Mustard Leaves and Turnip Sag
Sarson aur Shalgam ka Saag
'Sarson ka saag' recipe originally comes from the green fields of Punjab in Northern India. During mustard season, the sag is served by many 'dhabas', the roadside truckers restaurants. Try this version where turnip is cooked separately and then added to the saag. Serves 4-6
450 gm. tin of sarson ka sag or green mustard leaf curry. You can cook it yourself, using the recipe Sarson ka Sag or Saag.
500 gm. peeled and thickly sliced turnips
2 tbs. cooking oil
1 tsp. cumin seeds
A pinch of asafoetida powder
1 medium onion (150 gm.), peeled and grated or finely chopped
1 inch piece ginger, peeled and finely chopped (1 heaped tbs. grated)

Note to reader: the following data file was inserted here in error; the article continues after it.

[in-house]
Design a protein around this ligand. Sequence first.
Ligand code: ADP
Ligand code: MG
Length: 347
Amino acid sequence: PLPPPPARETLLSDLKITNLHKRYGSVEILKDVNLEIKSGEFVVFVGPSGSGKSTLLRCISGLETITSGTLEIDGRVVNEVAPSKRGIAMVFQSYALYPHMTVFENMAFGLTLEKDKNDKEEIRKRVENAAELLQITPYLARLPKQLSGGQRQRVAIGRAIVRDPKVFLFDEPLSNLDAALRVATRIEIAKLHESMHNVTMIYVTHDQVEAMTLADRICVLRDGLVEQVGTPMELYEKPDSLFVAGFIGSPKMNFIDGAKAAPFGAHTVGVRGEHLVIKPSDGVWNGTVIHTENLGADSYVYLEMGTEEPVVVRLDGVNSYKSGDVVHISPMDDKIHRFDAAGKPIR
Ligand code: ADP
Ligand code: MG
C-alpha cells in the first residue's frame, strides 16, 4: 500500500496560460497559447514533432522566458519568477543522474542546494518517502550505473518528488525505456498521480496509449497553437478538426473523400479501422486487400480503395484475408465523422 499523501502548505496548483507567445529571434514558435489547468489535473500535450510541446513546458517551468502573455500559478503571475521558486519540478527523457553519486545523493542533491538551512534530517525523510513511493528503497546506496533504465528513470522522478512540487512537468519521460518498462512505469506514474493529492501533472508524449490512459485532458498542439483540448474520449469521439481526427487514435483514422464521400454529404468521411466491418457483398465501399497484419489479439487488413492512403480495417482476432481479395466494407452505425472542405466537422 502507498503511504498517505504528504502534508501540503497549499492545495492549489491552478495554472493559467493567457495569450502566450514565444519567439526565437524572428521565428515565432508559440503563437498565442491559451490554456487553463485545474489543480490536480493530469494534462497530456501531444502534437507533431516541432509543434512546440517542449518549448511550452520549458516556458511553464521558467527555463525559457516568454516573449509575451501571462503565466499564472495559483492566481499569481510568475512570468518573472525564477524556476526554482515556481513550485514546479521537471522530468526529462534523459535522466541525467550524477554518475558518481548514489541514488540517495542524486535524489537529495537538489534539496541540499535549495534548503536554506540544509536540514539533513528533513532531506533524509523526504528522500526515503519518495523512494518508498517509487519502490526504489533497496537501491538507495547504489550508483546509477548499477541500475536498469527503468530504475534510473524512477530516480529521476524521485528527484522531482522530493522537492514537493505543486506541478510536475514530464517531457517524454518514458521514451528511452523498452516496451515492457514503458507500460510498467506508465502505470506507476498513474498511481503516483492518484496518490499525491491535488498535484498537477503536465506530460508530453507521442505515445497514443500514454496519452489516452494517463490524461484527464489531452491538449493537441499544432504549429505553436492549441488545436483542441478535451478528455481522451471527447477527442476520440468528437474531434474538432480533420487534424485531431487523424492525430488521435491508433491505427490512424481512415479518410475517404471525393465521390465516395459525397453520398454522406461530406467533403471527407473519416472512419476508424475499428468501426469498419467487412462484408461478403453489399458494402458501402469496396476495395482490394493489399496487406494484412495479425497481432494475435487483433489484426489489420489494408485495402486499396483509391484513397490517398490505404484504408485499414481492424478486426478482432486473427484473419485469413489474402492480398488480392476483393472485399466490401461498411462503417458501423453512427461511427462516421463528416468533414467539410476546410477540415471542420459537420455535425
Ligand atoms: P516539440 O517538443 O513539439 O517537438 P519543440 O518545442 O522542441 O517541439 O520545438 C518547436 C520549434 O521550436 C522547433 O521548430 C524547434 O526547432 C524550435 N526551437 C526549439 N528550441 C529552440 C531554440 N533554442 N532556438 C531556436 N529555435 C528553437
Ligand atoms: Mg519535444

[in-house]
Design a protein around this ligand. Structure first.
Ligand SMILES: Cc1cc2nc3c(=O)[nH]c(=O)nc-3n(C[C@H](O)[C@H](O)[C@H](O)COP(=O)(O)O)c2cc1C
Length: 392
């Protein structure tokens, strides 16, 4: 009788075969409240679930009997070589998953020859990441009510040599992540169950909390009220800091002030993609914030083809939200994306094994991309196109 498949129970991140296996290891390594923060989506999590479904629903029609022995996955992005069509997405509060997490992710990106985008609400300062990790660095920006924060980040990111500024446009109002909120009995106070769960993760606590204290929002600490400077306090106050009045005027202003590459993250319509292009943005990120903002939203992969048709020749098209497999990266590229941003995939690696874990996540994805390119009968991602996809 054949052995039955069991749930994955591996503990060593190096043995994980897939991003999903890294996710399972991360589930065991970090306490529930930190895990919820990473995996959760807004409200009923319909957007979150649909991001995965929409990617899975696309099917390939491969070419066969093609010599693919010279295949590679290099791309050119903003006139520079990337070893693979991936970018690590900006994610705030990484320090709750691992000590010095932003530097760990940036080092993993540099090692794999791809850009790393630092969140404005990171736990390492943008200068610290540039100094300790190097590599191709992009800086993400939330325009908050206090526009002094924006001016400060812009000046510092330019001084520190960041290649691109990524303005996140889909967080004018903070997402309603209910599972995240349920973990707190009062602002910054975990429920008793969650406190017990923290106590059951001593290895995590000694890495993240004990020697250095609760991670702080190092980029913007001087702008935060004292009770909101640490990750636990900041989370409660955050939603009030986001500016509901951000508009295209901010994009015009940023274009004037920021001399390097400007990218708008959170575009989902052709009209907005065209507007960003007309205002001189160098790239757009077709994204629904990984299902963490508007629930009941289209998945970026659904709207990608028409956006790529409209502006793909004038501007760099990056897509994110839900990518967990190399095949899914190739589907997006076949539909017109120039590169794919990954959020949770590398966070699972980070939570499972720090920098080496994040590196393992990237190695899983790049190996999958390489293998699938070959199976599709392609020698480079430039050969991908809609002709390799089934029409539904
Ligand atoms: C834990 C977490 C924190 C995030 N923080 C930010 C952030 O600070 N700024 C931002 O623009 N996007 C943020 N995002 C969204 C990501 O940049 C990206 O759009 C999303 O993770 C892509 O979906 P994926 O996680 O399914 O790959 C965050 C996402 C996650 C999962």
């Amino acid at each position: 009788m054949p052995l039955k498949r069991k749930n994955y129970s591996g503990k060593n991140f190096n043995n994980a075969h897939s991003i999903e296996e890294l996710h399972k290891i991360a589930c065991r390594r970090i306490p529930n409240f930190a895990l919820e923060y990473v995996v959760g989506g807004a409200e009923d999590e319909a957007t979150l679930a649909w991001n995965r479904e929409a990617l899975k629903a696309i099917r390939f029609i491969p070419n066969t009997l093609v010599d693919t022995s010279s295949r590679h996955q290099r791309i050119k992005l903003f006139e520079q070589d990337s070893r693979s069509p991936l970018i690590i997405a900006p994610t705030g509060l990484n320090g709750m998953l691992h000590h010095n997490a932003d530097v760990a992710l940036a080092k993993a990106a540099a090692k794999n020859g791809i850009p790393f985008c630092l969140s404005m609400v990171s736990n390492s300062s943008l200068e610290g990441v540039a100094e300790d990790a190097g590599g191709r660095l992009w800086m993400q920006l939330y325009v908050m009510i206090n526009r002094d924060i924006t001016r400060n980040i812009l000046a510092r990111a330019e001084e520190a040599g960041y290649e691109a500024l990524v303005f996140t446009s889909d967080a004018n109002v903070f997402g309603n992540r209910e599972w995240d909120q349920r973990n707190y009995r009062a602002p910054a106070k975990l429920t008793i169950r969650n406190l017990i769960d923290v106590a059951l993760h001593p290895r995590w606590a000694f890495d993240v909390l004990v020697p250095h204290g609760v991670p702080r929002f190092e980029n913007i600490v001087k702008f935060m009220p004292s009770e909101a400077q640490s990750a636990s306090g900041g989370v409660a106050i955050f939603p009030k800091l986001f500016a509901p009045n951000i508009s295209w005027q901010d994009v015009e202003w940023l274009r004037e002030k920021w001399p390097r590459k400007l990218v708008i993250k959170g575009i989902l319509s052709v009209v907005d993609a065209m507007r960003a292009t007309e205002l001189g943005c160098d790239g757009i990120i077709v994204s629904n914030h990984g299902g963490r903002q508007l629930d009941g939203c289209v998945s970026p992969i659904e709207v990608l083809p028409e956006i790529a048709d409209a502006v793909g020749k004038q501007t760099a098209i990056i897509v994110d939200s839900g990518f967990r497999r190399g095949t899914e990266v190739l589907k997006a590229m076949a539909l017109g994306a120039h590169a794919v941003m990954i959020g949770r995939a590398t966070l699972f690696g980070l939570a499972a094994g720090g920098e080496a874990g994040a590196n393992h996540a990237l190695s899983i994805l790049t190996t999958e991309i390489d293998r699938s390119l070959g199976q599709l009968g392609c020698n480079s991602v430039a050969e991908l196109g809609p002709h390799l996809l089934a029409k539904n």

2 cloves garlic, peeled and grated or finely chopped
1/2 tin of peeled, chopped tomatoes (to taste)
1/2 tsp. turmeric
1 1/2 tsp. coriander powder
1/4 tsp. chilli powder
Salt to taste
Heat oil. Add cumin seeds and asafoetida powder. You can add a few dry red chilles here, if you like your food hot.
When seeds splutter, add onions, ginger and garlic. Fry until brown.
Add all spices, salt and tomatoes. Fry until oil separates.
Add turnip slices, stir and cook on low-medium until tender. You may add 1/2 cup water. If turnips are fresh, they will often cook in their own water. The gravy should not be runny.
Add the saag, stir and heat through for a few minutes.
In India, people often put a large dollop of fresh, home made butter on individual servings.
If you can't get hold of mustard leaves, spring green leaves are a good substitute.
If you can't get hold of turnip, use kohl rabi instead.